Thursday, September 3rd, 2009
We Call Upon The Author
Nick Cave writes novel, talks about novel, reads from novel
Gavin EvansToday marks Nick Cave’s second foray into the world of fiction – at least in the printed form – with the release of The Death Of Bunny Munro, his follow-up novel to 1989’s And The Ass Saw The Angel. I’ve read neither of these works, but considering the dark and seedy places where his musical muse takes him, I have trouble imagining his prose will be anything but blackly hilarious and disturbing.
And while I’ve never been an audiobook sort – I prefer to multitask and listen to music while reading, and listening to a book leaves my eyes with nothing to do – but the audio version of Bunny Munro offers a certain temptation. Besides having Cave himself read his work, it features musical accompaniment by Cave and Warren Ellis – the Bad Seed, not the comic scribe, though he himself is no stranger to things dark and seedy. The book’s website has audio clips of Cave reading the first four chapters of the book, video footage of him reading four chapters with more to come and Spinner has a text excerpt available. The audio book will come on 7 CDs with a DVD from whence the above video clips are taken, as an iPhone version – prose app or audio download – and in an old-fashioned dead-tree edition. Multi-platform much?
Cave talks to The Times and Scotland On Sunday about the novel and to The Guardian about going with the iPhone as a means of distribution. And if the recorded and printed Cave isn’t enough, he’ll be doing readings and signings in the UK, US and Canada – September 16 at 7PM at the Indigo in the Eaton Centre in Toronto and September 17 at 7PM in Ottawa at the Ottawa Writer’s Festival at St Brigid’s Centre.
Another musician gone author is Joe Pernice, with his debut novel It Feels So Good When I Stop. Though not being promoted as elaborately as Cave’s book, it’s also more than just a book – it has a soundtrack CD that includes a couple of spoken word passages of Pernice reading from his book and the handful of live dates will be combination shows and readings. I fully intend to have read the book before his September 24 date at the Dakota Tavern. Seriously, I will. There’s interviews with Pernice at The National and The AV Club, and there’s a bunch of video session performances available at KEXP’s YouTube channel.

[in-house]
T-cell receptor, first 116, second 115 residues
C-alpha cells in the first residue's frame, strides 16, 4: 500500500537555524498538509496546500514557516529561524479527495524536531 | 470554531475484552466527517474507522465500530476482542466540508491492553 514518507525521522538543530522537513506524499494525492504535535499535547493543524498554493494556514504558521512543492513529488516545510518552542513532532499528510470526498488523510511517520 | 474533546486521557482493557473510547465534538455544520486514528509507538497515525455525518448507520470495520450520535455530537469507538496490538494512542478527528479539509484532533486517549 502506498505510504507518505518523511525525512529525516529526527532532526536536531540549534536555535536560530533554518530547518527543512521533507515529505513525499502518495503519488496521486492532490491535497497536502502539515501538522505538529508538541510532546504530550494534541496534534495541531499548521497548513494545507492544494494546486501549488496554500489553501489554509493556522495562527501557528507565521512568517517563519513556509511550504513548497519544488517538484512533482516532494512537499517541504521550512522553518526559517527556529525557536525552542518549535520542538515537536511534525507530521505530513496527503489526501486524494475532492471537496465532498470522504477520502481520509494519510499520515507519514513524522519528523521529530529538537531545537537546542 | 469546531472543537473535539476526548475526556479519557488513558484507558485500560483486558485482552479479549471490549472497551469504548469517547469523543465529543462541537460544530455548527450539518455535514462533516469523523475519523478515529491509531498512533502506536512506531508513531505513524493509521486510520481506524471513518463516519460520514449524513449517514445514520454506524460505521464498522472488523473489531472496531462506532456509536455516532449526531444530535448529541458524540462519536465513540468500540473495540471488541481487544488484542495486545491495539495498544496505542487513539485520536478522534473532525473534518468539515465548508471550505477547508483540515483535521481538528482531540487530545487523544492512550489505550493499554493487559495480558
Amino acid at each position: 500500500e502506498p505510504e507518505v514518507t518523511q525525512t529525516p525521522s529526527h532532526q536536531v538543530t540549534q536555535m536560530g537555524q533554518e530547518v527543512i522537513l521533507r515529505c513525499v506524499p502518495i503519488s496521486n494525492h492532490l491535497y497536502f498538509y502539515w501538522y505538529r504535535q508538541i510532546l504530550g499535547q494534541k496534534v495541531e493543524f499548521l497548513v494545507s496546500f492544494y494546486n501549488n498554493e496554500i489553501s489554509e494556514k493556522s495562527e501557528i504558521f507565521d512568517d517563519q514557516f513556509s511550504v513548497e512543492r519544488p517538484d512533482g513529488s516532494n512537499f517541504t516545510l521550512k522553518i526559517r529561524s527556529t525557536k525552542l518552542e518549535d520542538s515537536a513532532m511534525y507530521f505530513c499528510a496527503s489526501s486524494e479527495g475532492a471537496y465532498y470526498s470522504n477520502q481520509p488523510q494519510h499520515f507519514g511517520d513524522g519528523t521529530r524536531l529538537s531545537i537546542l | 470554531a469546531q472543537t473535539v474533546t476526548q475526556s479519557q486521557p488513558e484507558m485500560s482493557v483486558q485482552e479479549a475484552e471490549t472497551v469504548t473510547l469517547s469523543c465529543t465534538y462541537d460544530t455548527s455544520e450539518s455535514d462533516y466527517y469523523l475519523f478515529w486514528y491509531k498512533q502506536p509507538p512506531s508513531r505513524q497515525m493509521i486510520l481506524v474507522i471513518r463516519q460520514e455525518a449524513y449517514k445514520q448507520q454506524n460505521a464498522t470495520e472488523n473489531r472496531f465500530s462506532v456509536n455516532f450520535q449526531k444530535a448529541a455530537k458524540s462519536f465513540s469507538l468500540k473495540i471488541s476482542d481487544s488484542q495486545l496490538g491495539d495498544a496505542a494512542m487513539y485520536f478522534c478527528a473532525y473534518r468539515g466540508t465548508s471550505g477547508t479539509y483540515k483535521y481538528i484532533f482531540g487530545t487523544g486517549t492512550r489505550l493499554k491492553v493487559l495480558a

That September 24 date is circled in ink on the ol’ calendar (figuratively speaking, of course), but it’s not without a bit of regret as it means missing seeing The Antlers at the Horseshoe that same night – especially now that Holly Miranda has been announced as opener for the tour.
Resonancity talked to drummer Paul Banwatt of The Rural Alberta Advantage at V Fest this past weekend. I also talked to Paul, but our conversation was along the lines of, “hey how’s it going,” “alright, how’re you?”. Not really worth transcribing. Much more noteworthy is the fact that the band recorded a session for Daytrotter on their last jaunt through the midwest US and that session, featuring two new songs, is now available to download.
Brooklyn’s White Rabbits have finally made a local date in support of their latest album It’s Frightening – catch them at the Drake Underground on October 24, tickets $15.50. And also check out their WOXY session from earlier this Summer.
Yo La Tengo’s new record Popular Songs isn’t out until next week but it’s currently streaming in its entirety over at NPR and they’ve also released yet another video from the record. And Pitchfork has a chat with Dario Robleto, who crafted the art that adorns the album cover. Yo La Tengo are at the Opera House on October 3.
And support for Yo La Tengo’s Canadian dates has been announced as Chicago outfit The Horse’s Ha. They sound something like this.
If you thought Neil Young was going to take a break from his Archives now that the first box set has been released, think again. Rolling Stone reports that November 2 will see the release of Dreamin’ Man, a live album collecting solo recordings of Harvest Moon circa 1992. Neil will be making an appearance at Yonge-Dundas Square on September 14. He may bring his guitar. He may play it.
eye talks to members of The Depreciation Guild, in town at the Horseshoe on September 7 opening up for The Pains Of Being Pure Of Heart, with whom NOW has a chat. The Chicago Tribune talks to the third band on the bill, Cymbals Eat Guitars.